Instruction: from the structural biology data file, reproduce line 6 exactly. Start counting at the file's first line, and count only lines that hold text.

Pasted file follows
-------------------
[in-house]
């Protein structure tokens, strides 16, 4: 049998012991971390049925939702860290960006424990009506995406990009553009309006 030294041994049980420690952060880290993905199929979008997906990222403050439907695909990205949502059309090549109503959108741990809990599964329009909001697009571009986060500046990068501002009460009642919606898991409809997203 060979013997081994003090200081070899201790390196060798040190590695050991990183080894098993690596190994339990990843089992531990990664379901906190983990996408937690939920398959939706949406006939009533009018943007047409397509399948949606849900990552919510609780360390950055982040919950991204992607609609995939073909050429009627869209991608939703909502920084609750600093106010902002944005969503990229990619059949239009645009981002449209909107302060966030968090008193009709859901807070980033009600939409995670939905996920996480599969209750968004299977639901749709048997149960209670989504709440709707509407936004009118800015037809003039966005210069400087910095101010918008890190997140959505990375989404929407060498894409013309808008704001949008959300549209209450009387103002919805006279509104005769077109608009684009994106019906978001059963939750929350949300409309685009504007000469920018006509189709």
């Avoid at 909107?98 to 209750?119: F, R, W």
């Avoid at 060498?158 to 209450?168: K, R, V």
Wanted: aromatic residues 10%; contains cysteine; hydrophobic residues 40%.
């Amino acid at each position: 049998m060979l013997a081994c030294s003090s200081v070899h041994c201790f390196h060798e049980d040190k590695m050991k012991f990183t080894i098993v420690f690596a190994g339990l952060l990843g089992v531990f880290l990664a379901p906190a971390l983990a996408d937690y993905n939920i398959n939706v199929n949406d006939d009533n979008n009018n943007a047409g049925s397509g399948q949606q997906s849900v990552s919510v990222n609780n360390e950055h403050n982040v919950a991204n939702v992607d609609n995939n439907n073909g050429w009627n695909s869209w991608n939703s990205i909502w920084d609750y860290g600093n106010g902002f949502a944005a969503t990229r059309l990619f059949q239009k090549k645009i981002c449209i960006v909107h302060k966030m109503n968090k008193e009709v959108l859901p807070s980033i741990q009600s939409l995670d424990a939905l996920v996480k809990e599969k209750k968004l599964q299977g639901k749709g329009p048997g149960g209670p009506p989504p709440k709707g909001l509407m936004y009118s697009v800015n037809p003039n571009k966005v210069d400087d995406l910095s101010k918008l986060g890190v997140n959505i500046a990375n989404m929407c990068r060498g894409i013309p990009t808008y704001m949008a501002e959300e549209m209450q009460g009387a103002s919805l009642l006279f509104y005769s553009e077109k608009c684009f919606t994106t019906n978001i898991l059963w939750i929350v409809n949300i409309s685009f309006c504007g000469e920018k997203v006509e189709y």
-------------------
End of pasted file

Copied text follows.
């Amino acid at each position: 049998m060979l013997a081994c030294s003090s200081v070899h041994c201790f390196h060798e049980d040190k590695m050991k012991f990183t080894i098993v420690f690596a190994g339990l952060l990843g089992v531990f880290l990664a379901p906190a971390l983990a996408d937690y993905n939920i398959n939706v199929n949406d006939d009533n979008n009018n943007a047409g049925s397509g399948q949606q997906s849900v990552s919510v990222n609780n360390e950055h403050n982040v919950a991204n939702v992607d609609n995939n439907n073909g050429w009627n695909s869209w991608n939703s990205i909502w920084d609750y860290g600093n106010g902002f949502a944005a969503t990229r059309l990619f059949q239009k090549k645009i981002c449209i960006v909107h302060k966030m109503n968090k008193e009709v959108l859901p807070s980033i741990q009600s939409l995670d424990a939905l996920v996480k809990e599969k209750k968004l599964q299977g639901k749709g329009p048997g149960g209670p009506p989504p709440k709707g909001l509407m936004y009118s697009v800015n037809p003039n571009k966005v210069d400087d995406l910095s101010k918008l986060g890190v997140n959505i500046a990375n989404m929407c990068r060498g894409i013309p990009t808008y704001m949008a501002e959300e549209m209450q009460g009387a103002s919805l009642l006279f509104y005769s553009e077109k608009c684009f919606t994106t019906n978001i898991l059963w939750i929350v409809n949300i409309s685009f309006c504007g000469e920018k997203v006509e189709y």